The first sensation of qi-energetics most commonly felt is tingling and warmth in the hands, due to increased blood flow or perfusion. However, Taijiquan relies more on changes in the bioenergy associated with the balance and alignment of muscle actions in the cultivation of inner balance. The experience of discomfort of tenseness or unease in a posture gives the initial sense of bioenergy that results from the internal imbalance of muscle actions.
To illustrate internal imbalance at a basic level, extend an arm out and hold it in balance. The arm is in physical balance but the muscle actions supporting it can vary, for instance, when stretched or drooped. Holding the arm up for ten minutes, tenseness and aches in the muscles would set in, which indicates excessiveness in some muscle actions. Upon sensing the discomfort, the body triggers a reflex response of relaxation, which brings some relief.
This response is called fangsong (放松), which is “to relax and let go.” The reflex response is operationally a reset of the muscle actions, which improves the support with less discomfort. This operation represents the rudiments of the tool, also called fangsong that reduces the errors of imbalances. The lessening of the tenseness by fangsong is accompanied by an ease of flow of motion, which sensation is cultivated as a biomarker of qi energy.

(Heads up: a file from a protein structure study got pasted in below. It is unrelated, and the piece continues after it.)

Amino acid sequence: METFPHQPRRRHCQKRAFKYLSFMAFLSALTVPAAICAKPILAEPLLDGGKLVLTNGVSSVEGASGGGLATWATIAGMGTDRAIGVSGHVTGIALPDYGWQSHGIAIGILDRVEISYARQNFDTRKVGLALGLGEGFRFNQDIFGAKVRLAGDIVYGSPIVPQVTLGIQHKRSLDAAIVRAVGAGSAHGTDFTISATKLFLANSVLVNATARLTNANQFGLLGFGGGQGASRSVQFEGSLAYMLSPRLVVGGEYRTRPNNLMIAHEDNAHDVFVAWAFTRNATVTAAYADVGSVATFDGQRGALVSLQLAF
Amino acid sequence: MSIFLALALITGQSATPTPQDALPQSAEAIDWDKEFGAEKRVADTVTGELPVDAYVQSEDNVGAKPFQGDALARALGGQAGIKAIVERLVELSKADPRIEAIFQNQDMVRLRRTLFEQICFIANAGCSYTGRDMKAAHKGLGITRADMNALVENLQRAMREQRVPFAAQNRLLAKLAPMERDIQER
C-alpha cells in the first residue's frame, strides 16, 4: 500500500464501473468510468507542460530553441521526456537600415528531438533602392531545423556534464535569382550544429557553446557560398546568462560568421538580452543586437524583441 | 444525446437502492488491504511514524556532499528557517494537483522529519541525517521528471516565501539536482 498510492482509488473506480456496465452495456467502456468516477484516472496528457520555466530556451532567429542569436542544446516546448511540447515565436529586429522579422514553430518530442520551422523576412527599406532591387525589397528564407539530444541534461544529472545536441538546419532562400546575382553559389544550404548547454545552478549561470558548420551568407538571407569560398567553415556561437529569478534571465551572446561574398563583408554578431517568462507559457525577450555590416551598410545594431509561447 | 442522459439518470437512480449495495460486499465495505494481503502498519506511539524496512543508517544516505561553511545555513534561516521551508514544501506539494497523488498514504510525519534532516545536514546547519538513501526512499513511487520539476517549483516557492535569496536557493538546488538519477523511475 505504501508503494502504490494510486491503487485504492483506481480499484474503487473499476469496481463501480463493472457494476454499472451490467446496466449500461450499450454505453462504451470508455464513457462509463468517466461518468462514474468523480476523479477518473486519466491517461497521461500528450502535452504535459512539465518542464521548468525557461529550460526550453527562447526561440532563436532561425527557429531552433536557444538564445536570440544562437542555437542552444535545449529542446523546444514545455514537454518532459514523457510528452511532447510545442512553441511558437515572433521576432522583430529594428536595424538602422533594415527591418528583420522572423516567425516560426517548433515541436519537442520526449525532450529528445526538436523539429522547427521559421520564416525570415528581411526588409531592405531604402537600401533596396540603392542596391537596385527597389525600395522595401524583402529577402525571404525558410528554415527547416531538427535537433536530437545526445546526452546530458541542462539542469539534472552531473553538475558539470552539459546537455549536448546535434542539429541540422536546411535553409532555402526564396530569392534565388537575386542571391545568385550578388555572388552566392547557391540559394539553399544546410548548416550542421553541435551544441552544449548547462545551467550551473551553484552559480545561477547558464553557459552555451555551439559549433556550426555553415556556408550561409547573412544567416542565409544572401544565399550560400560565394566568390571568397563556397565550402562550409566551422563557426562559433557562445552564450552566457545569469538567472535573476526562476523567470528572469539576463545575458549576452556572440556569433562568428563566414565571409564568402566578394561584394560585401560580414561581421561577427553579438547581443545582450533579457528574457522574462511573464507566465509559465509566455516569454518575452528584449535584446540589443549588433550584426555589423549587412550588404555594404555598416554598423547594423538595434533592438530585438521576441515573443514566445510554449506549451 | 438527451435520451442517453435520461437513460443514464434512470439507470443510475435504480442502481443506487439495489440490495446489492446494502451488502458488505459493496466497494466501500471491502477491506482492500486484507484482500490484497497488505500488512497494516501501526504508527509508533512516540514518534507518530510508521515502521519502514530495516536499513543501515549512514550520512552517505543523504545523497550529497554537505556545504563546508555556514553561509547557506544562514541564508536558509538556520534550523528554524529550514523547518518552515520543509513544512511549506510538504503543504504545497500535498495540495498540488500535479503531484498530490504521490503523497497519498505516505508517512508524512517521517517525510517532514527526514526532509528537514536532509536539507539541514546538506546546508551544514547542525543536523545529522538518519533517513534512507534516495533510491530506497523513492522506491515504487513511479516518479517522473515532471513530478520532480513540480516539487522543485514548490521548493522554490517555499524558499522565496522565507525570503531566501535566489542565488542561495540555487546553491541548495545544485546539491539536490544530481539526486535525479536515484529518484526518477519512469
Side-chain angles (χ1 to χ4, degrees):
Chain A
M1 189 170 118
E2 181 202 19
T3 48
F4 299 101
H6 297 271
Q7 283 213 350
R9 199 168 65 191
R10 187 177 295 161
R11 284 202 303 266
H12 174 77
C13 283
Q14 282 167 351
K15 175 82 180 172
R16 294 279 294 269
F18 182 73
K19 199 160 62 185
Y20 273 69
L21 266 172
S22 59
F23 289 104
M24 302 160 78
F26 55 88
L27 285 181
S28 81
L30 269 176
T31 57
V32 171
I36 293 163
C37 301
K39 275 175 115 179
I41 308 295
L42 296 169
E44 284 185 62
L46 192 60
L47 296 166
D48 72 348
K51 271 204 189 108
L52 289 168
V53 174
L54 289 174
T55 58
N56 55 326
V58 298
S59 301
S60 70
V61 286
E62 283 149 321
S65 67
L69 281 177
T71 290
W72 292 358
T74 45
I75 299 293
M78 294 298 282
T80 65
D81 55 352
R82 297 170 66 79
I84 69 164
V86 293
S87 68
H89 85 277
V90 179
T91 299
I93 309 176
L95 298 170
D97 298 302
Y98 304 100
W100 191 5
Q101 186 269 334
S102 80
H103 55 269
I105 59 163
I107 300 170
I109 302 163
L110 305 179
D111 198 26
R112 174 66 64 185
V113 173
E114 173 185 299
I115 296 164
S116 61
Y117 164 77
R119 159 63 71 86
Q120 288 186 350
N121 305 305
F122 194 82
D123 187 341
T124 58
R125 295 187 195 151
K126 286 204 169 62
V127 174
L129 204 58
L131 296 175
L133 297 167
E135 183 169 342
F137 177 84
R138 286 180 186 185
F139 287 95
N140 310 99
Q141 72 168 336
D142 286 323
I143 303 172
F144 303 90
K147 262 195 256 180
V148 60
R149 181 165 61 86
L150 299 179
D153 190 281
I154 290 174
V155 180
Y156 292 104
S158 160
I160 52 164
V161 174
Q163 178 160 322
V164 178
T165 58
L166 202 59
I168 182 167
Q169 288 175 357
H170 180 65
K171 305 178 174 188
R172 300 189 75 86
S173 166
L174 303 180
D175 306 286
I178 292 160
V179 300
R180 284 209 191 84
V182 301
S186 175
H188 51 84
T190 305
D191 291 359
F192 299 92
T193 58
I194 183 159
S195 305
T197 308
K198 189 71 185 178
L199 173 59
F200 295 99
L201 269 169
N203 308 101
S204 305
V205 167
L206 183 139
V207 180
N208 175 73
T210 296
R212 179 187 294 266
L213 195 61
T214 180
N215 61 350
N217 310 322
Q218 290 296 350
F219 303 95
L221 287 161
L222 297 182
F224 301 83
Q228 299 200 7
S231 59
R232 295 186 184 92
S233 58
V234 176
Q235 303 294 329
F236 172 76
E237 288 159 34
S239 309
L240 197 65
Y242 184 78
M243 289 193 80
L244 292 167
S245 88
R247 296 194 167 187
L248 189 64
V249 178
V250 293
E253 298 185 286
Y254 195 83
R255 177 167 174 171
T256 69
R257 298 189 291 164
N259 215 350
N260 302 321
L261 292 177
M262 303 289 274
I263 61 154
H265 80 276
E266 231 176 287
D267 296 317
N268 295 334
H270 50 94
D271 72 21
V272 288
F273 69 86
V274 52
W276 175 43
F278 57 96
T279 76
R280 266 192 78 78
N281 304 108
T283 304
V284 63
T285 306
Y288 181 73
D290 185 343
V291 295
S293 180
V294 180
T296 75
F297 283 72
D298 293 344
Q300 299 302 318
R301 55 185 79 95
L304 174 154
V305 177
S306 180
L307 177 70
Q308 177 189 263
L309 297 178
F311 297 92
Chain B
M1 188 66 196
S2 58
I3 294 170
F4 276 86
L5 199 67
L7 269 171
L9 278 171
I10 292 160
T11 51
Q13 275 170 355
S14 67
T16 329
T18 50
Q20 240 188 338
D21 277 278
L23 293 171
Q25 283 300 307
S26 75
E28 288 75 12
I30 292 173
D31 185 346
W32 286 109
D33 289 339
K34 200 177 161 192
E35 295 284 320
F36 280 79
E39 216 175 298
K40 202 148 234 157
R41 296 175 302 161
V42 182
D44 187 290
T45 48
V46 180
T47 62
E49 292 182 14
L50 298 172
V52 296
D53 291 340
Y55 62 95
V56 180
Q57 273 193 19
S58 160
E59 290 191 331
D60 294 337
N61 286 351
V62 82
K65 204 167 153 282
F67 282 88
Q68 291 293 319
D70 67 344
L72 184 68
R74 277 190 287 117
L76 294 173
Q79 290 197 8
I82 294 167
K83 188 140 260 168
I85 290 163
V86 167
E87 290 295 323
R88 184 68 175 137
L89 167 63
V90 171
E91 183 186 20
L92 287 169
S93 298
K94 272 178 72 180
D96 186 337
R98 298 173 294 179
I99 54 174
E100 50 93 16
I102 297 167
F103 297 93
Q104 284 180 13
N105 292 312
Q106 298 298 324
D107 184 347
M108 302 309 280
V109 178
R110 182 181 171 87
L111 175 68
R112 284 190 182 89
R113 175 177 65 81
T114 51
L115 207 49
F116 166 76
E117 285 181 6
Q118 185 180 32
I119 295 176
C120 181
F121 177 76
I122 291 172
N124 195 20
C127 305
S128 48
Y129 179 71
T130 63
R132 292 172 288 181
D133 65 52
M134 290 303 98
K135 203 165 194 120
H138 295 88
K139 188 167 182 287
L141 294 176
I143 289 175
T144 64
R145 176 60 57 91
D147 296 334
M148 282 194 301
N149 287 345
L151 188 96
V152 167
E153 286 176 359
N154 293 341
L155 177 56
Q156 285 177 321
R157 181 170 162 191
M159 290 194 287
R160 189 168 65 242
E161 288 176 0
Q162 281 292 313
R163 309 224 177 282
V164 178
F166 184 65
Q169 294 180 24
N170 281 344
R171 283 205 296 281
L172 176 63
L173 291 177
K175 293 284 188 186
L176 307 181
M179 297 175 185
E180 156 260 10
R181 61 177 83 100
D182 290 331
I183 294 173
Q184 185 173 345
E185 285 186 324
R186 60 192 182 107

Fangsong is a process of practice that works to continually resolve the errors in the balance and alignment between the outer muscles that activate physical motion and the inner muscles that secure and stabilize the joints and structure. Fangsong restrains the outer muscles from dominating and allows the inner muscles to fire more, and thus to align in balance. The increased activation levels of the inner muscles at the hip joints in fangsong are often experienced as a surge of heat as qi.